After the release of the WHO Wuhan Traceability Report, Director General Tedesai pointed out that the investigation of the Wuhan laboratory leakage theory was not extensive enough, and it was difficult to access the data. He stressed the need for deeper research and was ready to send a new team of experts back to China. China’s foreign ministry said international experts had proved it highly unlikely, let alone difficult access to raw data.
Referring to the Chinese collaboration, Tedros called for “more timely and comprehensive data sharing” for future research collaboration with China. Although the newly released joint report has shown that the likelihood that Novel Coronavirus originated from the Wuhan lab is extremely low, Dr. Tedsejang called for a deeper investigation of the theory. The attack on China was the strongest to date, given that Tedros has been criticized by the U.S. and other Western countries for his handling of the initial outbreak in China.
Australia, Canada, the Czech republic, Israel, Japan, Denmark, Estonia, Latvia, Lithuania, Norway, South Korea, Slovenia, Britain, the United States and the European Union said in a joint statement, about will be the origin of the coronavirus national experts research is greatly delayed, and unable to get a complete raw data and samples.
The EU called the report on the new coronet study an important step, but again criticized the research’s origins for being too slow, experts being denied too long a stay in China, and insufficient access to data and early samples. Walter Stevens, the European Union’s ambassador to the United Nations in Geneva, called in a statement for further research missions to “obtain timely data on the sites and all relevant human, animal and environmental data available.”
Former U.S. Secretary of State Mike Pompeo has said the United States has “substantial evidence” that Novel Coronavirus leaked from the lab and insisted that the latest WHO report was “false.” He called for the United States to once again defund the World Health Organization, a step former President Trump took last year when his administration criticized the agency for failing to pursue what it called a cover-up of inaction.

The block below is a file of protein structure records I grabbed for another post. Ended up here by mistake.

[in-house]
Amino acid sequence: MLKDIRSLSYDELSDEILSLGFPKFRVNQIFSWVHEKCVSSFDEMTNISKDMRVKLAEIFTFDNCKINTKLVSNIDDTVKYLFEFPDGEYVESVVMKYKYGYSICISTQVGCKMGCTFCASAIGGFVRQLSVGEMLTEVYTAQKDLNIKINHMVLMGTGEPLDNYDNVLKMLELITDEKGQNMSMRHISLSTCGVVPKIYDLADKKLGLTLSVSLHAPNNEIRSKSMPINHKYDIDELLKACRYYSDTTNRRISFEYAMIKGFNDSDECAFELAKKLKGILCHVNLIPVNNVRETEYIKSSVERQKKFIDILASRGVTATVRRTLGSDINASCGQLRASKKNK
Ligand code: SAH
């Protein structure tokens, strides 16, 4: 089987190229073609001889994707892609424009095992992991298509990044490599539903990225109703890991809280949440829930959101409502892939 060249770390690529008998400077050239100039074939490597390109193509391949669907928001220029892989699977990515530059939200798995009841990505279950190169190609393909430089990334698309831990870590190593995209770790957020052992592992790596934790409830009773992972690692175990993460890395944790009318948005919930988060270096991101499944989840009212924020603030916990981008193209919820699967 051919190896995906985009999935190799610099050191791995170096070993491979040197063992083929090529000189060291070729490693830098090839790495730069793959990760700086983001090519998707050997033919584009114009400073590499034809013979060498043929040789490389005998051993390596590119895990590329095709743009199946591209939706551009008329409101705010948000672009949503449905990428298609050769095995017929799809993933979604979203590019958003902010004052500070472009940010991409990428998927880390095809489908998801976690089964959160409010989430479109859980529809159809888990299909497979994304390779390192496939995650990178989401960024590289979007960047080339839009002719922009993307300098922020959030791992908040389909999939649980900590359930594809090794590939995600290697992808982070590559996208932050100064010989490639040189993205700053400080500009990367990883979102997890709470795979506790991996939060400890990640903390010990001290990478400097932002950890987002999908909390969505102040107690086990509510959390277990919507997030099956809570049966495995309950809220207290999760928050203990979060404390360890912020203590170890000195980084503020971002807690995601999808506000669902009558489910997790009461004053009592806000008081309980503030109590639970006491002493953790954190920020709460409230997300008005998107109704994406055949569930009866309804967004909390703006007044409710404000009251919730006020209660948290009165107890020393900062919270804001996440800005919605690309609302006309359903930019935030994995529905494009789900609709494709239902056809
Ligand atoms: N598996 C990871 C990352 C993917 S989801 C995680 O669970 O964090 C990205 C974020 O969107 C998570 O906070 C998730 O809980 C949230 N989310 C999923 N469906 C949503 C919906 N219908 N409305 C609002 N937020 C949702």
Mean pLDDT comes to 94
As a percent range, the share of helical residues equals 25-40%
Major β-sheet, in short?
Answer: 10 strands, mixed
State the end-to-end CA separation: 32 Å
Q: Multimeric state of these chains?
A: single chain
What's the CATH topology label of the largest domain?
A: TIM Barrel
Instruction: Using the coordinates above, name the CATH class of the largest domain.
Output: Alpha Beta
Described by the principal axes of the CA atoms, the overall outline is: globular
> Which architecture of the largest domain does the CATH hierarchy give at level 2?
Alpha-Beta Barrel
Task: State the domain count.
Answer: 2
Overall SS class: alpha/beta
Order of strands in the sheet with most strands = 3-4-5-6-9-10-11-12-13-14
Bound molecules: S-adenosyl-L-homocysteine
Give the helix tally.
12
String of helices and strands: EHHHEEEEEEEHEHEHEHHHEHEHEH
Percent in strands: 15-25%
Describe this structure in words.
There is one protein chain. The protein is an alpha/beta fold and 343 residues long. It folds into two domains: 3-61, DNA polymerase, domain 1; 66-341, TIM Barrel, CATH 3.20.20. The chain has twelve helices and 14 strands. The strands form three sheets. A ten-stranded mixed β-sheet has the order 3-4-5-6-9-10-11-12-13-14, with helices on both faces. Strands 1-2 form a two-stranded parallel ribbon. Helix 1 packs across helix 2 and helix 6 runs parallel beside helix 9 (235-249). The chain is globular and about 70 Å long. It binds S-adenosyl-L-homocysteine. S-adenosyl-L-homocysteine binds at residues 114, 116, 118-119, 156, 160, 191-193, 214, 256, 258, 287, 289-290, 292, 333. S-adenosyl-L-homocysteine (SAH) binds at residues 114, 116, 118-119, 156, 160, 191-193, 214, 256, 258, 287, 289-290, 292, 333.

Chinese Foreign Ministry spokesman Wang Wenbin made a positive response at a regular press conference: “The WHO released the traceability research report of the China-WHO joint expert group on March 30, which confirmed the conclusion that it is highly unlikely that the virus was leaked from the laboratory. The report was written by more than 30 of the world’s leading experts in a wide range of fields. It is representative and highly professional.”
Wang stressed that the joint expert group has been conducting research and writing the report independently, following WHO procedures and adopting a scientific method, and the report submitted is authoritative and scientific.
In response to the question raised by both Western countries and Tedros that there is no access to the original data in China, Wang Wenbin also replied: “I would like to emphasize that China and WHO are conducting joint scientific research on the source at the request of the WHO. Several international experts have made it clear on various occasions that a laboratory leak is highly unlikely and that there is no such thing as difficulty in obtaining raw data. All parties should respect science and the opinions and conclusions of scientists. WHO in particular has a leading role to play in this regard.”
As of now, WHO is still unable to provide a definitive conclusion as to where the novel coronavirus first began to circulate. This means that the ongoing efforts of expert teams to investigate whether the pandemic started, as the US and some experts say, in Wuhan, China, will continue to create tensions between countries.
Nikolai Petrovsky, a vaccine expert at Flinders University, said the investigation would not be able to dismiss the laboratory leak theory without giving experts data on potential laboratory leaks. According to the report, the leading theory accepted by experts is that novel coronavirus first jumped from bats to humans through another animal.